The CI/CD and DevOps Blog

Manisha Sahasrabudhe

Manisha Sahasrabudhe

Recent Posts

Provision AWS EC2 virtual machine with Ansible

This tutorial explains how to manually provision an AWS EC2 virtual machine using Ansible. Before you start, you should be familiar with the following concepts:

 The best way to get started is to install ansible and run playbooks manually on your local machine to provision a VM. The first section of this tutorial explains how to do that. However, manual execution isn't the best and most efficient way to run ansible playbooks, so we will take a look at the challenges and learn how to automate this workflow.

Announcing Windows, Mac OS, and CentOS BUILDS

Today, we are excited to announce support for multiple Operating Systems, including Windows, Mac OS, and CentOS. From the start, our goal at Shippable has been to provide you with a common CI and DevOps platform for all your applications, irrespective of application technology and architecture. 

Our journey started with Continuous Integration (CI) in 2013, when we debuted the first CI platform to support native Docker workflows for our customers. Last year, we added Assembly Lines to let you easily define end-to-end workflows across your DevOps tools to achieve Continuous Delivery with Application Release Automation, Release orchestration, approval gates, etc. This completed our end-to-end support for Ubuntu applications. 

As much as we like Ubuntu, most Enterprises have a mix of applications across multiple Operating Systems. We are proud to expand Shippable today with support for multiple platforms, as well as a bunch of other enhancements that will help you manage build infrastructure and create CI, CD, and DevOps workflows more easily.

Let's look at the top features launched today. In upcoming weeks, we will post detailed blogs on how to use each of these features.

Security Best Practices At Shippable

In light of a recent blog post about a competitor's security vulnerabilities, I wanted to be completely transparent about our security best practices to reassure our customers that they're in good hands.

From the start, we've been very aware of the fact that when customers click on the Authorize button to grant us access to their GitHub or Bitbucket repositories, they trust us with their Intellectual Property.  This is a tremendous step, especially since we're all aware of hackers attacking almost every major site and stealing personal information.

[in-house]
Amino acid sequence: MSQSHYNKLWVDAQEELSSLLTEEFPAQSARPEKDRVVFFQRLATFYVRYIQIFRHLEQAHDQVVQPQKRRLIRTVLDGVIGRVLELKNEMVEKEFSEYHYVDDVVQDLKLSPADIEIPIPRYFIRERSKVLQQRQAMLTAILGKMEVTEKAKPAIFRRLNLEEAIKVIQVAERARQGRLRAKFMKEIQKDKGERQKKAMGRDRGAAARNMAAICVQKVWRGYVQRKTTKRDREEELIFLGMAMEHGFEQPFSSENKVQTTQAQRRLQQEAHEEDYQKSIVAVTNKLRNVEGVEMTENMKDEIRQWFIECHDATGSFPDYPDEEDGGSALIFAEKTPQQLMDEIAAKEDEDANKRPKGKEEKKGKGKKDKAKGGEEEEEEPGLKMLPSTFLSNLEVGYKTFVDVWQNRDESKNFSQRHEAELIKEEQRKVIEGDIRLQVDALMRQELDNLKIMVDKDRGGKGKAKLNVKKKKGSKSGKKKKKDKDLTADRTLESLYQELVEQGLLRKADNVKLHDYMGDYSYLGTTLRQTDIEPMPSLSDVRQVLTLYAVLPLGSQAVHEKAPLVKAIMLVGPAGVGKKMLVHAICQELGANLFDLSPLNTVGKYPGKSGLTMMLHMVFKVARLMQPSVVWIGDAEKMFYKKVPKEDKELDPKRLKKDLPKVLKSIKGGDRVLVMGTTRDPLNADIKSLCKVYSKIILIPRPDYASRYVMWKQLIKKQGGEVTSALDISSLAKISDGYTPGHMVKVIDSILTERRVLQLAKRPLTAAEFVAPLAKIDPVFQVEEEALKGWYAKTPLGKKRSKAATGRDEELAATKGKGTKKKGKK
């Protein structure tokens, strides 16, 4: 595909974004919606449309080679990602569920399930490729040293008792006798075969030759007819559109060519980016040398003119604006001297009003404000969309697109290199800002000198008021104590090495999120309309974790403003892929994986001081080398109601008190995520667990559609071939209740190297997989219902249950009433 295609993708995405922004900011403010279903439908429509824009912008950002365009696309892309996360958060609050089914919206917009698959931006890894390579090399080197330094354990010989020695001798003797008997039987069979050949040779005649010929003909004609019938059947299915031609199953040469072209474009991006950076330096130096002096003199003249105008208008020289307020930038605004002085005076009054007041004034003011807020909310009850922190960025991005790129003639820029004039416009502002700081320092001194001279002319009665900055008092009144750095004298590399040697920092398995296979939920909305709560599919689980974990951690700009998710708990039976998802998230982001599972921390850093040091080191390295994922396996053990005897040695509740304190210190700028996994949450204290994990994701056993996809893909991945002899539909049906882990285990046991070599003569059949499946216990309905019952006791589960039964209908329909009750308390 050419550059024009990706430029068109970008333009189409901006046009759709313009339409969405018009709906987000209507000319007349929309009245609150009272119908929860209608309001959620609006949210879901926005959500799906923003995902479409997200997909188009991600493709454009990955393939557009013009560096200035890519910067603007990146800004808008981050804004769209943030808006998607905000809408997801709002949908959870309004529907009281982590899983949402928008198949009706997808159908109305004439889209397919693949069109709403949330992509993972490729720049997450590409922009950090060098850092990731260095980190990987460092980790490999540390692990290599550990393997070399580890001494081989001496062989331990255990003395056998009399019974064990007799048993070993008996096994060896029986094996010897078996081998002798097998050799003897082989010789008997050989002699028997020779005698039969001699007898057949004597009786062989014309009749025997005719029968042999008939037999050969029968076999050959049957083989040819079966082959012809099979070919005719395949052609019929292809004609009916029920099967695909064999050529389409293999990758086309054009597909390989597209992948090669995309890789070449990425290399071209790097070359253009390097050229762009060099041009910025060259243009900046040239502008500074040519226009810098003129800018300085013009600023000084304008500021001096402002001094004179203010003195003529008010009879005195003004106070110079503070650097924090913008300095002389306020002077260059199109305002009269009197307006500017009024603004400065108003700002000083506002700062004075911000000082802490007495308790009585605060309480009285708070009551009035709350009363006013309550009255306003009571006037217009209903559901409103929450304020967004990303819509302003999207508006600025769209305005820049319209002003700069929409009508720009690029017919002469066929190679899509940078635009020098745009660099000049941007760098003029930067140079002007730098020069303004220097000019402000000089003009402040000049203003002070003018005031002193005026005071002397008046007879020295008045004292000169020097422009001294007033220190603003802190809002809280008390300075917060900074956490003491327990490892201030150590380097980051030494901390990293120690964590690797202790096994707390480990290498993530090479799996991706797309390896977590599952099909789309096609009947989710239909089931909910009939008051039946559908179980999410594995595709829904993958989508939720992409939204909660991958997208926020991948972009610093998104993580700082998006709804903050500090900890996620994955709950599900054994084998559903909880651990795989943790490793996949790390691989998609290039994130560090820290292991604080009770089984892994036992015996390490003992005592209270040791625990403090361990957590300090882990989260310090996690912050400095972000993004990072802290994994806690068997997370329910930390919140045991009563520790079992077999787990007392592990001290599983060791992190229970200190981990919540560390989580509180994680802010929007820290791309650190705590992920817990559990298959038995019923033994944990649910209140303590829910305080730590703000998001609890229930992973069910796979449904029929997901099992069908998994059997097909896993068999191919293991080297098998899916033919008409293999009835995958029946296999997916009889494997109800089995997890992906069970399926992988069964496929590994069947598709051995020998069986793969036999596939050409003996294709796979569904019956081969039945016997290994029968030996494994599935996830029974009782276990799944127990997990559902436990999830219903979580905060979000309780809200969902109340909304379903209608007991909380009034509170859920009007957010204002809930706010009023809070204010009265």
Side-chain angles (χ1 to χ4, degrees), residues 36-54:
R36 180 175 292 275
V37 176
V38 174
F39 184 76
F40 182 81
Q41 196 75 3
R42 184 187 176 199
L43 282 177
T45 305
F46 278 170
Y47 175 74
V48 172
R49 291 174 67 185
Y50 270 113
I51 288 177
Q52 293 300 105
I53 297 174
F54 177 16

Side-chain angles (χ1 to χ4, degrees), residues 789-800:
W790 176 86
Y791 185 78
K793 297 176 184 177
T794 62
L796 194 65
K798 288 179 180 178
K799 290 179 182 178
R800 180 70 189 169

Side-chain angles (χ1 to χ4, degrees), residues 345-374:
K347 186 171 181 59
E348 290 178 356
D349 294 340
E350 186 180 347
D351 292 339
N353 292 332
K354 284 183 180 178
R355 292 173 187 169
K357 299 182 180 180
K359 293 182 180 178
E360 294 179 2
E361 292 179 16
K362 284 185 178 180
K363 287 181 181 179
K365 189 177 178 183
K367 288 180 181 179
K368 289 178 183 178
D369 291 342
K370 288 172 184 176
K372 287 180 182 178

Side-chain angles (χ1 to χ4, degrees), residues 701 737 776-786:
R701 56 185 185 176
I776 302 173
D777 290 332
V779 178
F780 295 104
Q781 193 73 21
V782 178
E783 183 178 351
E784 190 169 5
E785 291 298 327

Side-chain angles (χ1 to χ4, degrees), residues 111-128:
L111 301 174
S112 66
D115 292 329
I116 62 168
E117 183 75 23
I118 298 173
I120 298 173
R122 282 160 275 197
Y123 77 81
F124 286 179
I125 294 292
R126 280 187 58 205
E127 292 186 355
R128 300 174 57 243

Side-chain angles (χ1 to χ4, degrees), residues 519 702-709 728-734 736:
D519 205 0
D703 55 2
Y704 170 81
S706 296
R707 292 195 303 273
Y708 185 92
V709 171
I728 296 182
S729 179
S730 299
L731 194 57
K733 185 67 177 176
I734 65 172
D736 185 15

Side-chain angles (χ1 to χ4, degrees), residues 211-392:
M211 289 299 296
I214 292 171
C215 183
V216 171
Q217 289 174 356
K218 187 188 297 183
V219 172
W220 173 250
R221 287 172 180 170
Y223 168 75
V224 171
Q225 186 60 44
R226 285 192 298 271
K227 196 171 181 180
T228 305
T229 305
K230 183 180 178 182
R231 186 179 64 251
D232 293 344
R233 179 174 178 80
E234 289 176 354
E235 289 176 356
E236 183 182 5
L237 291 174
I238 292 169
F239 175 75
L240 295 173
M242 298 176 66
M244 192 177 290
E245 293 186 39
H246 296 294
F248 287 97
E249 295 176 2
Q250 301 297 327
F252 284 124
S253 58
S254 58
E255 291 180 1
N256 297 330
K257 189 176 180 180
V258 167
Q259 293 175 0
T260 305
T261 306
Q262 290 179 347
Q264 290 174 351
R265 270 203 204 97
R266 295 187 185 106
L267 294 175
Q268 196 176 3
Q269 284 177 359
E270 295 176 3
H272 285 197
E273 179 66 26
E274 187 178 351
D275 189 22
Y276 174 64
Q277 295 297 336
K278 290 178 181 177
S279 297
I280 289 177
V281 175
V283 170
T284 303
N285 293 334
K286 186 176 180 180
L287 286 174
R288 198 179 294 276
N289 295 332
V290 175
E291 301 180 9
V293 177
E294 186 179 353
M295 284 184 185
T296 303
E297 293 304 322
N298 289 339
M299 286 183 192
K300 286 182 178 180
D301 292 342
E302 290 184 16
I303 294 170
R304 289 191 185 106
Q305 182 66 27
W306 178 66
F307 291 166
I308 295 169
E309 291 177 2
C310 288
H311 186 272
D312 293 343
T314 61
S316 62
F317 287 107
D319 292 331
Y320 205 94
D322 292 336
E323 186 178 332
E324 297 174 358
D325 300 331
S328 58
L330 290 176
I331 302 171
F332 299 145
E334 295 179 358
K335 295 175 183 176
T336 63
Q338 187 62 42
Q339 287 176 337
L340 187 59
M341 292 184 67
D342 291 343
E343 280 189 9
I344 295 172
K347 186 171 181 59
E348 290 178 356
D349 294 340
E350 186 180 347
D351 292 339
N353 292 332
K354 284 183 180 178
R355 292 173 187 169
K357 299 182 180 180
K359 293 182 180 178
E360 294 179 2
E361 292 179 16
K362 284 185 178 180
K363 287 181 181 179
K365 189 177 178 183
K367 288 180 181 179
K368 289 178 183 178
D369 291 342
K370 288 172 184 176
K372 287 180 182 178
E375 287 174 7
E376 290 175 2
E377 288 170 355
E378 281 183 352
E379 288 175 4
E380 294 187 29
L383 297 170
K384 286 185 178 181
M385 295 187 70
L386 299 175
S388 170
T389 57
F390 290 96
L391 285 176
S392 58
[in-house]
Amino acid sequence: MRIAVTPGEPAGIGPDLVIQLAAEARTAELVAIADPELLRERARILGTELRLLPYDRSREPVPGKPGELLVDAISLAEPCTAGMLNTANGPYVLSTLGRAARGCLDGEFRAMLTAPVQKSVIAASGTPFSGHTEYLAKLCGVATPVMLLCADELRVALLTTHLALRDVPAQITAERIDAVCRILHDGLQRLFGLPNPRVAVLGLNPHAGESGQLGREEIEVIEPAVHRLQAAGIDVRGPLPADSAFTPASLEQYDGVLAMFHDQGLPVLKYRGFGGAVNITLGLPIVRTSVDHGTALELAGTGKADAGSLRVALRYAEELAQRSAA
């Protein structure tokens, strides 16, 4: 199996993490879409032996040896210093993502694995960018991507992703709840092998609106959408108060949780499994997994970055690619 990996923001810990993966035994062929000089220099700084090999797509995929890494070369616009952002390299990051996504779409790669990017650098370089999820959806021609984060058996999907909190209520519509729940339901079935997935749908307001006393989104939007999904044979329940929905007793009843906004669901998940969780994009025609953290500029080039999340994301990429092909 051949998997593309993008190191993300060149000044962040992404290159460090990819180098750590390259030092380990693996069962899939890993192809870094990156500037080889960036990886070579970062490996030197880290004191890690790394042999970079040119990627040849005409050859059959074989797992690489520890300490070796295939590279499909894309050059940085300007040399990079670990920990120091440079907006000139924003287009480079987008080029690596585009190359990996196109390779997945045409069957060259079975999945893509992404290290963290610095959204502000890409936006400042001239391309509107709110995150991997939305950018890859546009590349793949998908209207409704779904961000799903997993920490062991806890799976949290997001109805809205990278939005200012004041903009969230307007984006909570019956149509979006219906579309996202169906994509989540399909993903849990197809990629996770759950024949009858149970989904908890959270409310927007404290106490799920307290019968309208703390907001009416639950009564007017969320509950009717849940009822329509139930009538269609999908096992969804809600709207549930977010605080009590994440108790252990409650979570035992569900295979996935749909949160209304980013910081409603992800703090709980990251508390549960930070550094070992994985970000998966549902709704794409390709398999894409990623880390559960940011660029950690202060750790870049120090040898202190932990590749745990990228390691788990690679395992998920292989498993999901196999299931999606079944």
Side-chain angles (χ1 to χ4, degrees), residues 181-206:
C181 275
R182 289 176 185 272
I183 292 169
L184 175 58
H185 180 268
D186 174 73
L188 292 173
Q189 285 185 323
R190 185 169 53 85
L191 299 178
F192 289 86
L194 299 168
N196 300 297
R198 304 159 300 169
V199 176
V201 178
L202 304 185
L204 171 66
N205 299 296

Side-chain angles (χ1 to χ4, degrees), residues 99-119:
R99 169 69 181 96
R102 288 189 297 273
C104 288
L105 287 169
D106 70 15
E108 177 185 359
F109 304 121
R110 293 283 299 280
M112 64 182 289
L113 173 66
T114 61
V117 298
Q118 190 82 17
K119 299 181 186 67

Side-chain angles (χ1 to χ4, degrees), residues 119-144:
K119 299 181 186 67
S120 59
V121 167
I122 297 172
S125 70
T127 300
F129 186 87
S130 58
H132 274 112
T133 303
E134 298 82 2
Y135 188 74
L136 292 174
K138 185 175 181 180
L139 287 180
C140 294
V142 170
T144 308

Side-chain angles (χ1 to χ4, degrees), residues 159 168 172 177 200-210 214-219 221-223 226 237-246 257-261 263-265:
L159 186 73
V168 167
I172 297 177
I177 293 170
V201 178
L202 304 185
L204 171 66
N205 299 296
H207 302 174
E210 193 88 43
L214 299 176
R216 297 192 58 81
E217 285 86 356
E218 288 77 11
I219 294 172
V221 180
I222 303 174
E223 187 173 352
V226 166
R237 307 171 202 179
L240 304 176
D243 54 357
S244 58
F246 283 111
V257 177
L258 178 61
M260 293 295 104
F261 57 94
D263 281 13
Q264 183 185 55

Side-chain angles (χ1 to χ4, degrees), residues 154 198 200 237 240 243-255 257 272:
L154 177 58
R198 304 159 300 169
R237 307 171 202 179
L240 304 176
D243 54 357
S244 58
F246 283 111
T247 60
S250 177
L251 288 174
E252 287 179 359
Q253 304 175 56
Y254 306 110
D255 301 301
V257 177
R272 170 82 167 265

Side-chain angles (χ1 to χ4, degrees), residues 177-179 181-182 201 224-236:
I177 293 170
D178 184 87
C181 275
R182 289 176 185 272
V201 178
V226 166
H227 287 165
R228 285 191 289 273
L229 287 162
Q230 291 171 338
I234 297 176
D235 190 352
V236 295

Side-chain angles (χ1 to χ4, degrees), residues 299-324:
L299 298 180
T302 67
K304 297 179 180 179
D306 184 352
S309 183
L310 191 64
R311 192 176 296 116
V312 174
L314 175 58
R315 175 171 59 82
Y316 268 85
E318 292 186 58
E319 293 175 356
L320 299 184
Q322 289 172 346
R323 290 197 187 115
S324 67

Our security measures fall under two pillars, Product and Process, both of which are explained below.

Are you Stuck in The New DevOps Matrix From Hell?

If you google "matrix from hell", you'll see many articles about how Docker solves the matrix from hell. So what is the matrix from hell? Put simply, it is the challenge of packaging any application, regardless of language/frameworks/dependencies, so that it can run on any cloud, regardless of operating systems/hardware/infrastructure.

                     

The original matrix from hell: applications were tightly coupled with underlying hardware

 

Docker solved for the matrix from hell by decoupling the application from the underlying operating system and hardware. It did this by packaging all dependencies inside Docker containers, including the OS. This makes Docker containers "portable", i,e, they can run on any cloud or machine without the dreaded "it works on this machine" problems. This is the single biggest reason Docker is considered the hottest new technology of the last decade.

With DevOps principles gaining center stage over the last few years, Ops teams have started automating their tasks like provisioning infrastructure,  managing config, triggering production deployments, etc. IT automation tools like Ansible and Terraform help tremendously with these use cases since they allow you to represent your infrastructure-as-code, which can be versioned and committed to source control. Most of these tools are configured with a YAML or JSON based language which describes the activity you're trying to achieve. 

Using NPM Private Modules In Your CI Workflow

In addition to publicly available packages, npm also allows users to publish and manage packages in a private namespace. If you want your npm install command in the CI workflow to install your private dependencies, there are a couple of setup steps that are required.

Unless you follow these steps, your npm install command will throw an error, such as 

  npm ERR! 404 Not found : @manishas/my-private-module   

 

Step 1: Get your npm auth token

First, you need to find your npm token, which is stored in the .npmrc file in your home directory. The file will contain a line which looks like this:

  //registry.npmjs.org/:_authToken=GFYR$E8D-89DG-GH54-HJDR-TYDGOSYT785T  

Copy the value of the token, which is everything after authToken=